Utilizing Feature Selection on Higher Order Neural Networks

Utilizing Feature Selection on Higher Order Neural Networks

Zongyuan Zhao (University of Tasmania, Australia), Shuxiang Xu (University of Tasmania, Australia), Byeong Ho Kang (University of Tasmania, Australia), Mir Md Jahangir Kabir (University of Tasmania, Australia), Yunling Liu (China Agricultural University, China) and Rainer Wasinger (University of Tasmania, Australia)
DOI: 10.4018/978-1-5225-0788-8.ch041


Artificial Neural Network has shown its impressive ability on many real world problems such as pattern recognition, classification and function approximation. An extension of ANN, higher order neural network (HONN), improves ANN's computational and learning capabilities. However, the large number of higher order attributes leads to long learning time and complex network structure. Some irrelevant higher order attributes can also hinder the performance of HONN. In this chapter, feature selection algorithms will be used to simplify HONN architecture. Comparisons of fully connected HONN with feature selected HONN demonstrate that proper feature selection can be effective on decreasing number of inputs, reducing computational time, and improving prediction accuracy of HONN.
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Artificial Neural Network (ANN) is a massively parallel distributed processor made up of simple processing units, which has a natural propensity for storing experiential knowledge and making it available for use (Haykin, 1999). It was motivated by inspecting the human brain, which has high efficiency in computing and recognizing (West, 2000). ANN has been successfully applied to applications involving pattern classification and function approximation (Shin & Ghosh, 1991).

Although some training algorithms of ANN, such as back propagation (BP) have shown great performance, ANNs often take long time to converge and may stuck in local minima (Fulcher, Zhang, & Xu, 2006). Also, ANNs are not suitable for discontinuous data (Zhang, 2008). Moreover, the explanations for ANNs’ output is not obvious (Spirkovska & Reid, 1990). These shortages of ANNs are the motivations of the development of Higher Order Neural Network (HONN).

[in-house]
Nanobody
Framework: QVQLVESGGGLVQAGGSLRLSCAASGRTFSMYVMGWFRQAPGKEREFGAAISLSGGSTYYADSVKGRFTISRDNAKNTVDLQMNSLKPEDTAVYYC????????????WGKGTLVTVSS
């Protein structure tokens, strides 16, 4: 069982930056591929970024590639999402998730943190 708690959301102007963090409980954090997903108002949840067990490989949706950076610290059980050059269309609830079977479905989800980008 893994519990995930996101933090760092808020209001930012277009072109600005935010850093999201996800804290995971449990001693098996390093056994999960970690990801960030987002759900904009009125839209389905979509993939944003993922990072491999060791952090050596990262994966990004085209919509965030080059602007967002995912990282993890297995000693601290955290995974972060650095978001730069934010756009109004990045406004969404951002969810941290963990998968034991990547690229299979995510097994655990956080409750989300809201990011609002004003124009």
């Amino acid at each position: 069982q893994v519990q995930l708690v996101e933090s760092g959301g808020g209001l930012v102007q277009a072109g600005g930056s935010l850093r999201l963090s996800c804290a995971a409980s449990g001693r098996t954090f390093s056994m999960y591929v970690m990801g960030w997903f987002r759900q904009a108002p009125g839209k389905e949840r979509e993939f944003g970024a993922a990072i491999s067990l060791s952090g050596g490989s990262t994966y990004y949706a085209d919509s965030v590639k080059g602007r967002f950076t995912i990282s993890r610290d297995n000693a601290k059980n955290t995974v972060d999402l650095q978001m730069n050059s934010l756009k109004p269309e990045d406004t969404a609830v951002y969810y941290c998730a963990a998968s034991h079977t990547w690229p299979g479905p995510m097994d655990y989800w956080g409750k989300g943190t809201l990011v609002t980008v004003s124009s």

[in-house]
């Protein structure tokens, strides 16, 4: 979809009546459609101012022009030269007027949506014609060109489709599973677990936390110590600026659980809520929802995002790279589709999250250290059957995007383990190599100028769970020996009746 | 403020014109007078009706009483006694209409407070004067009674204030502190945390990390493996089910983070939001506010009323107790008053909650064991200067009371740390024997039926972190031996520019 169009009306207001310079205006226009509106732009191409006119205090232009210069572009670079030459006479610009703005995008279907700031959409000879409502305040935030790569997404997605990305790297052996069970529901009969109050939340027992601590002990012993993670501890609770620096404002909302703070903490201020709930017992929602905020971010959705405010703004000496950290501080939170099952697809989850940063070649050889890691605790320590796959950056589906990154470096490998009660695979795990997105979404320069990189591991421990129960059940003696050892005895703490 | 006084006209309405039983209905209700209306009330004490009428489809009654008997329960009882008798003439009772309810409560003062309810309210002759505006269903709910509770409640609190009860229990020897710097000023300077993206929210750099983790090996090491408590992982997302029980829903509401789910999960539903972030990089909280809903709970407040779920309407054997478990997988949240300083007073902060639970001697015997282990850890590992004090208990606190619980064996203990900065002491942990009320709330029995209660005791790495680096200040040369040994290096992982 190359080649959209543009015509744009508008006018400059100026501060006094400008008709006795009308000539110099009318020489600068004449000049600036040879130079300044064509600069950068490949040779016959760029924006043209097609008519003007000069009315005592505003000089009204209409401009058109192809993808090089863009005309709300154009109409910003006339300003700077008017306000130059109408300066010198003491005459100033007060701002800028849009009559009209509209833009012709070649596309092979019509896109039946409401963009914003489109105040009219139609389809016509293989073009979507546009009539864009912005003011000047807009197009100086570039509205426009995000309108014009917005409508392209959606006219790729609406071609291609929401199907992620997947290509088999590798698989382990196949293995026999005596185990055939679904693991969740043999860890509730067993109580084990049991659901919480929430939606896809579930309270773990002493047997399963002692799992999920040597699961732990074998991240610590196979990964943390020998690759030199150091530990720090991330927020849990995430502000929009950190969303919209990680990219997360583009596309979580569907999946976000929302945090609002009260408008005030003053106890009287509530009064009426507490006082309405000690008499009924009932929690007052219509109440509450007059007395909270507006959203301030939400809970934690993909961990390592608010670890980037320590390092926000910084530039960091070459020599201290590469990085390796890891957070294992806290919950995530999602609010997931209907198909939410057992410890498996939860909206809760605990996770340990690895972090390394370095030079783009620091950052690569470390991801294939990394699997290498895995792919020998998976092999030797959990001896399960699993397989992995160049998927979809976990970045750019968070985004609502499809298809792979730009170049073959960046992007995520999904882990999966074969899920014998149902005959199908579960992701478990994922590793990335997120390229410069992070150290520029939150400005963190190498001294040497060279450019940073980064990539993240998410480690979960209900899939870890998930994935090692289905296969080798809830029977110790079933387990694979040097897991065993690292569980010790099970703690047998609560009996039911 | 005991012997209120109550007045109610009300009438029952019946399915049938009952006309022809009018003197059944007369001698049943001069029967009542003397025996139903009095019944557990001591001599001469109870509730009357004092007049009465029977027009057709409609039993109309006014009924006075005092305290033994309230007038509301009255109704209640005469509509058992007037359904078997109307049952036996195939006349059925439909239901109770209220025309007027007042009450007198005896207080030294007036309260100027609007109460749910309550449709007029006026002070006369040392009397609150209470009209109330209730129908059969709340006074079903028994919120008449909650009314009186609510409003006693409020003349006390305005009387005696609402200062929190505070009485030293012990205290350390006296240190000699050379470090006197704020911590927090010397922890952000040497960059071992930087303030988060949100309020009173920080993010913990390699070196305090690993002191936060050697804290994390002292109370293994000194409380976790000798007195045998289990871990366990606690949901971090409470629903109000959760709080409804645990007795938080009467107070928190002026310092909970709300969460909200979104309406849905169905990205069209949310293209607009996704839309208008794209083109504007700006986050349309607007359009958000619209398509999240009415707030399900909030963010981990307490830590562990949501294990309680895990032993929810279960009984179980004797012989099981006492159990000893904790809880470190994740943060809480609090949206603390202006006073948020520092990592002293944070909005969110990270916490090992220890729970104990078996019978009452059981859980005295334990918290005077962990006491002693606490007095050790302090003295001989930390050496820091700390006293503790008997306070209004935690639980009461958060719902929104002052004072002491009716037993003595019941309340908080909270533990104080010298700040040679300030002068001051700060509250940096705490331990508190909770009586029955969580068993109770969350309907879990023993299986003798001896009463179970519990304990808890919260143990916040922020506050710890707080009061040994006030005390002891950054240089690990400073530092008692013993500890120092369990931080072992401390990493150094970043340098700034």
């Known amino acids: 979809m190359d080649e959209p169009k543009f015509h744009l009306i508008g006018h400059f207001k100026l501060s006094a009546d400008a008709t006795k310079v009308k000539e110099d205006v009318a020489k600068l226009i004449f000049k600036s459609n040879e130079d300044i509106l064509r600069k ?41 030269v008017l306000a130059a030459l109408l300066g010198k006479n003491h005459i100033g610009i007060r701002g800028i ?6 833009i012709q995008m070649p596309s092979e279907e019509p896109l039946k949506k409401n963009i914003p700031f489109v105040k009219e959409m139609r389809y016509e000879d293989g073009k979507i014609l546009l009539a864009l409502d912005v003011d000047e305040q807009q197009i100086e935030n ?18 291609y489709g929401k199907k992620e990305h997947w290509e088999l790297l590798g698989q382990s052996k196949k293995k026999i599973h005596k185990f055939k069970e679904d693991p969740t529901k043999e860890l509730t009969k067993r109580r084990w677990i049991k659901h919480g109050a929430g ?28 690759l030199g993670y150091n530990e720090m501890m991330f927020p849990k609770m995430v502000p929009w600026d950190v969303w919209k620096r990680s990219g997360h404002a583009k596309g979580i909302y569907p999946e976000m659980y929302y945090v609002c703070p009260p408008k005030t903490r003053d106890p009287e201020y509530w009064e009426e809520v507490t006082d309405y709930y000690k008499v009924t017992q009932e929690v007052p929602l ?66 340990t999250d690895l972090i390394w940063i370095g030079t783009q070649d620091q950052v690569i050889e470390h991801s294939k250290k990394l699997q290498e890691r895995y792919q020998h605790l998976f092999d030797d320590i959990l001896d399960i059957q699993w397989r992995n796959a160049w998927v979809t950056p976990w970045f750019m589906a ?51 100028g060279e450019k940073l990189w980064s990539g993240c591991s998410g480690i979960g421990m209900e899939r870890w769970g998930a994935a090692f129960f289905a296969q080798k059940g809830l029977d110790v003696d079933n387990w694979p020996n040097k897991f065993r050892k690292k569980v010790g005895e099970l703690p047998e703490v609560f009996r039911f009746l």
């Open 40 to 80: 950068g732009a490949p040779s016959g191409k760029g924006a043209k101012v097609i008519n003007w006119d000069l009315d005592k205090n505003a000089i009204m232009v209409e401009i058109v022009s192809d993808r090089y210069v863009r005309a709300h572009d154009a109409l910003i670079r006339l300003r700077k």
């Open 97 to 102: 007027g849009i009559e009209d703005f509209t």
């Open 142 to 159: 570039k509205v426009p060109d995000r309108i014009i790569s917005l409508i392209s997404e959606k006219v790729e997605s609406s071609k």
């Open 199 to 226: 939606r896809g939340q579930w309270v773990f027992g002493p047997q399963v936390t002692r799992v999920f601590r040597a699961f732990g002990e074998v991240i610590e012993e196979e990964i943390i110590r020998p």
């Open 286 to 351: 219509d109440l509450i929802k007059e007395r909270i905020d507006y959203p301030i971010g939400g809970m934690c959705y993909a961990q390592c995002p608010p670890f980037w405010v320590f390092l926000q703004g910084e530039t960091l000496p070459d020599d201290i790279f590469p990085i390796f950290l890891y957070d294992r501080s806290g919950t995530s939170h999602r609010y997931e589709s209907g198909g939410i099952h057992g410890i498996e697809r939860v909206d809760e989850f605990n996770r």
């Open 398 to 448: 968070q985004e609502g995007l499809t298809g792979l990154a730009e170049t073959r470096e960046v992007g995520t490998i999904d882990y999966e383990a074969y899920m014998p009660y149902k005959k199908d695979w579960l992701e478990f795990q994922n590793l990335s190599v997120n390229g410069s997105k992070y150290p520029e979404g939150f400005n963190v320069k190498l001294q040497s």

At first, HONN was designed to promote ANN’s computational, storage and learning capabilities, as the order or structure of HONN can be tailored to the order or structure of a problem (Giles & Maxwell, 1987). They also prove that when a priori knowledge, such as geometric invariances, is encoded in HONN, the network becomes more efficient in solving problems that utilize this knowledge.

This character of HONN provides a solution for invariant pattern recognition problems (Redding, Kowalczyk, & Downs, 1993). As a preprocessing for BP ANN, HONN can be designed to be invariant to changes in scale, translation, and in-plane rotation (Schmidt & Davis, 1993). As invariances are built directly into the architecture of HONN and do not need to be learned, the training time can be shortened and a smaller training set is required (Spirkovska & Reid, 1993). Some researchers also provide pruning algorithms to decrease the complexity of HONN by reducing the number of network weights (Kosmatopoulos, Polycarpou, Christodoulou, & Ioannou, 1995; Li, Wang, Li, Zhang, & Jinyan, 1998).

Unfortunately, proper higher order attributes can only be chosen manually by expert knowledge. This can be achieved in visual object recognition, but not fit for other tasks such as function approximation and stock prediction, as the higher order features in these dataset are meaningless. Feature Selection methods for ANN provides a solution of this problem by reducing the number of attributes of HONN.

Feature Selection (FS), also known as attribute selection, or variable selection, is the process of selecting a subset of relevant features for use in computational model construction (Chakraborty & Pal, 2015). Actually, it can be treated as a searching procedure: search for an acceptable feature subset evaluated by certain criterion from the original dataset (Yukyee & Yeungsam, 2010). Benefits provided by FS include improved model interpretability, shorter training times, and enhanced generalization by reducing over-fitting (Luping, Lei, & Chunhua, 2010).

Feature Selection models can be divided into filters and wrappers according to whether it depends on data mining structure or purely by datasets. Filters focus on general characters of instances and take no consider about data mining algorithms (Huan & Lei, 2005). Filters choose only “good” features which are more representative or contain more information. It is commonly used as a pre-process of large scale data. Wrappers use predetermined data mining algorithm to evaluate the performance of each feature subsets. They are more time consuming than filters but also has greater influence on the data mining performance (Kohavi & John, 1997).

In this paper, we will present the utilization of FS filters on HONN by comparing the networks’ performance. The second and third sections describe the background research of HONN and FS respectively. After that we will present our experiment and the end the conclusion and some future research will be discussed.

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